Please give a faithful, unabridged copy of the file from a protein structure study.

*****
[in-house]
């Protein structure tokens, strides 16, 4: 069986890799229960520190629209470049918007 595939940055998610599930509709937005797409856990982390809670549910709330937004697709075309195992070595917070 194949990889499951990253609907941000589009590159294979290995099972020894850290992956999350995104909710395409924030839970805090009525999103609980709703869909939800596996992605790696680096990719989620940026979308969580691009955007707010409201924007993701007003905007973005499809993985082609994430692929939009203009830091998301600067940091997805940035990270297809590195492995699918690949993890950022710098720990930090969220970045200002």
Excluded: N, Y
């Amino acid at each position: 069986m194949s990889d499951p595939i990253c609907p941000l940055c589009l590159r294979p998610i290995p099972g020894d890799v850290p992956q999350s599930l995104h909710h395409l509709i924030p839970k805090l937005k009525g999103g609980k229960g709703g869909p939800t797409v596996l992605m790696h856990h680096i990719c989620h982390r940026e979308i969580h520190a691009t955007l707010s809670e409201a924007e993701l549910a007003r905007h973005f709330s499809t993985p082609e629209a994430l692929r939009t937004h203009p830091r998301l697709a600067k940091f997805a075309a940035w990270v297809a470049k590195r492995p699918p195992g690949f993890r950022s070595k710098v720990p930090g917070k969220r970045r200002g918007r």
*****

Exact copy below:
[in-house]
């Protein structure tokens, strides 16, 4: 069986890799229960520190629209470049918007 595939940055998610599930509709937005797409856990982390809670549910709330937004697709075309195992070595917070 194949990889499951990253609907941000589009590159294979290995099972020894850290992956999350995104909710395409924030839970805090009525999103609980709703869909939800596996992605790696680096990719989620940026979308969580691009955007707010409201924007993701007003905007973005499809993985082609994430692929939009203009830091998301600067940091997805940035990270297809590195492995699918690949993890950022710098720990930090969220970045200002």
Excluded: N, Y
């Amino acid at each position: 069986m194949s990889d499951p595939i990253c609907p941000l940055c589009l590159r294979p998610i290995p099972g020894d890799v850290p992956q999350s599930l995104h909710h395409l509709i924030p839970k805090l937005k009525g999103g609980k229960g709703g869909p939800t797409v596996l992605m790696h856990h680096i990719c989620h982390r940026e979308i969580h520190a691009t955007l707010s809670e409201a924007e993701l549910a007003r905007h973005f709330s499809t993985p082609e629209a994430l692929r939009t937004h203009p830091r998301l697709a600067k940091f997805a075309a940035w990270v297809a470049k590195r492995p699918p195992g690949f993890r950022s070595k710098v720990p930090g917070k969220r970045r200002g918007r």